Christmas morning dawned warm and cloudy. Never having previously visited Hong Kong, we had no real idea of what would be operating here on a public holiday. If it was anything like the UK, facilities of any sort would be few and far between. It turns out it’s nothing like the UK. As far as we could tell, everything was operating pretty much as normal.
We were awake early and, since the deal we got with the hotel did not include breakfast, I researched an appropriate venue nearby. We chose a place that offered diner-type food with a terrible punny name, The Flying Pan.
Refreshed after breakfast, we noticed that we had already walked halfway to the Peak Tram, so we decided to carry on and make the ascent. We arrived at the tram terminus before 10am and there was a queue of about 40-50 people. We joined the queue but were informed that we didn’t need to queue for tickets if we had an Octopus card (the equivalent of London’s Oyster cards). Luckily, we had acquired the cards the previous day so we were straight through the barriers and on to the next tram. The ride up is amazingly steep and it becomes obvious why all of the seats face up the slope.
At the top terminus, most of our fellow passengers headed for the Sky Terrace, but we decided to head further up the hill. The tram reaches an elevation of 396m and a series of escalators to the Sky Terrace ascend to 428m. Our hillside walk would take us to the top of Victoria Peak (which, confusingly, is also called Mount Austin) at an elevation of 552m so a good distance above the Sky Terrace.
The overcast weather made for hazy views down over the harbour. On the way up, we shared Christmas greetings with a family who were out to walk their dog. The father identified our accents. He was from Stirling. He insisted that we take a stairway, marked Private Property, and speak to the security guard, Mr. Wong, to say that Andrew sent us to get a photo from the terrace, which we duly did.
After the excursion to the peak, we headed back down to sea level and back to the hotel. By this time, we had walked quite a distance and done a lot of climbing so decided to rest up in advance of going out for Christmas dinner. We had managed to get a last minute booking for a tasting menu at a place called The Optimist, which was very nice. After dinner, we took the opportunity to call family back home to wish them a Merry Christmas.
Boxing Day started bright and sunny and we had set ourselves some tasks to accomplish for the day. We are due to travel to Jiangmen in China on the 28th, but hadn’t yet organised tickets and were struggling to achieve this through the ferry operator’s online booking engine. We decided to go across to Kowloon and visit them in person at the Hong Kong China Ferry Terminal. We were able to buy tickets very easily in person, so we strolled out on the pier at the terminal to get a look at the harbour from the Kowloon side.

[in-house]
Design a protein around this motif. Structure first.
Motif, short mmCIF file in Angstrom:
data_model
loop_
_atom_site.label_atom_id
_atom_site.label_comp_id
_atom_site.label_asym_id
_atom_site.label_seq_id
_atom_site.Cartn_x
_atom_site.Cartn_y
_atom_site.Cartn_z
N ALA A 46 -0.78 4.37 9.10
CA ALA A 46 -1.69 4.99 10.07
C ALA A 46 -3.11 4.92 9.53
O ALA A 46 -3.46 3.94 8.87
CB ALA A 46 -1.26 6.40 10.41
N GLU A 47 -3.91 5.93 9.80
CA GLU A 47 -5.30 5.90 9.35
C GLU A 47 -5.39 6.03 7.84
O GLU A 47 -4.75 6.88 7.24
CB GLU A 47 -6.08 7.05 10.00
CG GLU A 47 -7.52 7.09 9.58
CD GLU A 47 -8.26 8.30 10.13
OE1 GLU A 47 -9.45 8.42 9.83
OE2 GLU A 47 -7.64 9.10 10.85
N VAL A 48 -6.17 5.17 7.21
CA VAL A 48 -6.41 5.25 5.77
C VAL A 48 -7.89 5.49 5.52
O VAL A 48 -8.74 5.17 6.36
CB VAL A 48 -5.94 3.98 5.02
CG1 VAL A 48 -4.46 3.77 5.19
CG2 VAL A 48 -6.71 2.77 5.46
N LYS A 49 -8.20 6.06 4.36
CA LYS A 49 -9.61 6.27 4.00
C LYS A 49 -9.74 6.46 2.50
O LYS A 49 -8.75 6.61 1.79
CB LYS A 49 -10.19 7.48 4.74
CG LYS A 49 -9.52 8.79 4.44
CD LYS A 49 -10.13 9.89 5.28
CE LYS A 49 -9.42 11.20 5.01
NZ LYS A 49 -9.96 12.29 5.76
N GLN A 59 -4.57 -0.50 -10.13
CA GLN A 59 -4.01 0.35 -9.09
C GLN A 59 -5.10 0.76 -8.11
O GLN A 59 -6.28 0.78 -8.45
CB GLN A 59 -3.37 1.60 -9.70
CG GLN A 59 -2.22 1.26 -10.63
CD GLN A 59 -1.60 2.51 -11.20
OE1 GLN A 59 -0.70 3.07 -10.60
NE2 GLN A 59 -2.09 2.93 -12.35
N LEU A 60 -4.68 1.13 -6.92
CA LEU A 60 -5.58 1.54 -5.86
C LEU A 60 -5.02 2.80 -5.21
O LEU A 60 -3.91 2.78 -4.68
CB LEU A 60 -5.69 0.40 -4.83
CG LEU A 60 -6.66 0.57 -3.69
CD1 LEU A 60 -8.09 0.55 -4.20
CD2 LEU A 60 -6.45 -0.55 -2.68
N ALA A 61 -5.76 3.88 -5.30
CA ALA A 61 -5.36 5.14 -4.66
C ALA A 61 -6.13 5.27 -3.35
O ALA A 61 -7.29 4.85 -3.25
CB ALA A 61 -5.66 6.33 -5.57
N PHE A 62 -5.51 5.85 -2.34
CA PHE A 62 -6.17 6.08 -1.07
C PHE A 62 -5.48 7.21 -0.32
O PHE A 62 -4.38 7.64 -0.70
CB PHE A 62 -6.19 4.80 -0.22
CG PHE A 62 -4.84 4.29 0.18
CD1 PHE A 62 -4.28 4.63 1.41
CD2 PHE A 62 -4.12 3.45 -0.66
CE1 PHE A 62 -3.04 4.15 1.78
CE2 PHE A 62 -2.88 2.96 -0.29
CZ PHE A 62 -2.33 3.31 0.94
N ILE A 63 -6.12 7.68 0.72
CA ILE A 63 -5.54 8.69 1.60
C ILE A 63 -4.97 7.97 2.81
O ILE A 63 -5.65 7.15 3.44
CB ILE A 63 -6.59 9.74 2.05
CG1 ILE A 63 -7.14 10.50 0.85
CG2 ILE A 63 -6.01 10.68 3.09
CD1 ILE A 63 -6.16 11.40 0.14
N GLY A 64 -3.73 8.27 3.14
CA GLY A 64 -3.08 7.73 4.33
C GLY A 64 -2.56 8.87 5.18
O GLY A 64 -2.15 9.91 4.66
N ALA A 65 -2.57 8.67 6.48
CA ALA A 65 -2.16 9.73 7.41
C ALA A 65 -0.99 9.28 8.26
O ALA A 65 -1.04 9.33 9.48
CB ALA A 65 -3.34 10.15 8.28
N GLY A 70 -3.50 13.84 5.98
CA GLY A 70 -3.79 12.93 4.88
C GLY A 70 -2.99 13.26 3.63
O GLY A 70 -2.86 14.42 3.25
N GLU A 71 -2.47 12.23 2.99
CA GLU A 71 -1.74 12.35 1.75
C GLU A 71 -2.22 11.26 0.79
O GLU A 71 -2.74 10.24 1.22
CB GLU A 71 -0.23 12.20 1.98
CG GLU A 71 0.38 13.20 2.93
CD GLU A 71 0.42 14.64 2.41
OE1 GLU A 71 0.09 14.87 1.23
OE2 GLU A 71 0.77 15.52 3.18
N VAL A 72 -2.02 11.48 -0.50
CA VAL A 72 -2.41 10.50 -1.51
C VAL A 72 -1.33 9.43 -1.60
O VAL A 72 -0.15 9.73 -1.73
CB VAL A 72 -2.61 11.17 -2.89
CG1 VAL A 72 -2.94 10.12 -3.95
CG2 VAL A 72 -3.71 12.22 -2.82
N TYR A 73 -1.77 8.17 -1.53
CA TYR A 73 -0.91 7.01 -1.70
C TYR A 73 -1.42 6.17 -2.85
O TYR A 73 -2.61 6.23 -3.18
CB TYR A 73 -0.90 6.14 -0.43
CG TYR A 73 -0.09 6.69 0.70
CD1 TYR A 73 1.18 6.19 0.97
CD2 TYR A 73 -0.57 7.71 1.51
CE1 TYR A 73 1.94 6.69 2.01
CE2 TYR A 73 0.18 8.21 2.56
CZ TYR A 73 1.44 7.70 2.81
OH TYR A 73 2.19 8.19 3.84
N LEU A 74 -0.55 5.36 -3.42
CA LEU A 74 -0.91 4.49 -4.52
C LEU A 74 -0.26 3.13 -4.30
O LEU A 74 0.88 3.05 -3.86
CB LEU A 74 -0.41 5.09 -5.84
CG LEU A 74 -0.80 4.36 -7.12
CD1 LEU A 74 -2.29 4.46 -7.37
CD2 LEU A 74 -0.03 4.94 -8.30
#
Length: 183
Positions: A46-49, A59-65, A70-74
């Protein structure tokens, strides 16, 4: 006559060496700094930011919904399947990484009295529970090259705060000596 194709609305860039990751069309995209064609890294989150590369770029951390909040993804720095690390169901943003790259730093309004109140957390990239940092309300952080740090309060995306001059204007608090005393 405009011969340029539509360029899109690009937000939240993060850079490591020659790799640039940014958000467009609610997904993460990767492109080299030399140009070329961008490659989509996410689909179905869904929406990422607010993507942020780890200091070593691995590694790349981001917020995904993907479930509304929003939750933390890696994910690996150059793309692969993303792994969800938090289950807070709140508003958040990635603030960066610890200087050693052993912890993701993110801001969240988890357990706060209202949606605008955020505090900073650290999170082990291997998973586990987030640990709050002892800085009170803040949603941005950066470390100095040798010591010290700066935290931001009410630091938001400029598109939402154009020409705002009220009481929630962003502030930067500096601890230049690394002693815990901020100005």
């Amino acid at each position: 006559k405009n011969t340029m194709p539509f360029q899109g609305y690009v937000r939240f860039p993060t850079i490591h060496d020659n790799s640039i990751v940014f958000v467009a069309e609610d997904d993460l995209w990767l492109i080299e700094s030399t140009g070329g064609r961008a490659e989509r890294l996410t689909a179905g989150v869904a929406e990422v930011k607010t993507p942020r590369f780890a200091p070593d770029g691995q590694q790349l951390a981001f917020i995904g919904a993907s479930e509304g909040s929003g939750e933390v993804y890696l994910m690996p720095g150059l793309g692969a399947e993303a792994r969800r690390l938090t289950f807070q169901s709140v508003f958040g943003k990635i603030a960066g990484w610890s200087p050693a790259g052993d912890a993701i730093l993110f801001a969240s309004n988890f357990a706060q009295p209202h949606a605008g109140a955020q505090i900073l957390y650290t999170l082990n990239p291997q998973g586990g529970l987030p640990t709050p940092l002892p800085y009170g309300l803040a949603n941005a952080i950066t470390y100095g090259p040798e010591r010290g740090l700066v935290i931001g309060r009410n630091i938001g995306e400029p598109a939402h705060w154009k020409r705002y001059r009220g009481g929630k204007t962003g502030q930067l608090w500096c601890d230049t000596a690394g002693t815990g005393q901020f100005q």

Although much brighter than the previous day, there’s still a haze evident in the photos. After a wander through Kowloon Park, we took the subway back to Wan Chai and returned to the hotel.
Wednesday night in Hong Kong means “Happy Wednesdays“. The horse race meeting at Happy Valley Racecourse takes place every Wednesday evening with the first race at 7:15pm, so we decided we should experience that. We checked with the hotel concierge how we should set about getting tickets. He immediately provided us with vouchers for complimentary admission and a free beer each!
We ate dinner at a traditional Chinese restaurant. We knew it was traditional as the first four pages of the menu offered different preparations of shark fin. Ishbel had pork and I had chicken. After dinner, we walked round to Happy Valley and arrived in good time for the first race. And Ishbel picked the winner.
That was a nice start to the evening. We had each bet HKD 50, and Ishbel won HKD 245, so we were immediately ahead. Neither of us won in the next two races so we were behind again but Ishbel again picked a winner in the fourth for a win of HKD 375 so overall we were HKD 200 ahead – about £20.
Hapy Valley is enormous with multi-storey grandstands and plenty of action in the general admission section where we were. Hong Kong obviously loves its racing.
We left after the fourth race as Ishbel had agreed to indulge my desire to watch Celtic vs Aberdeen in a local sports bar. We took the tram along to Bar 109 in Lockhart Road and I was able to enjoy a 4-3 victory for Celtic. As the only Celtic supporter in the bar, I was grateful to them for putting it on to one of the TVs, especially when competing against a full card of English Premier League matches.
We have had a very different Christmas period to our usual experience, but have enjoyed it enormously.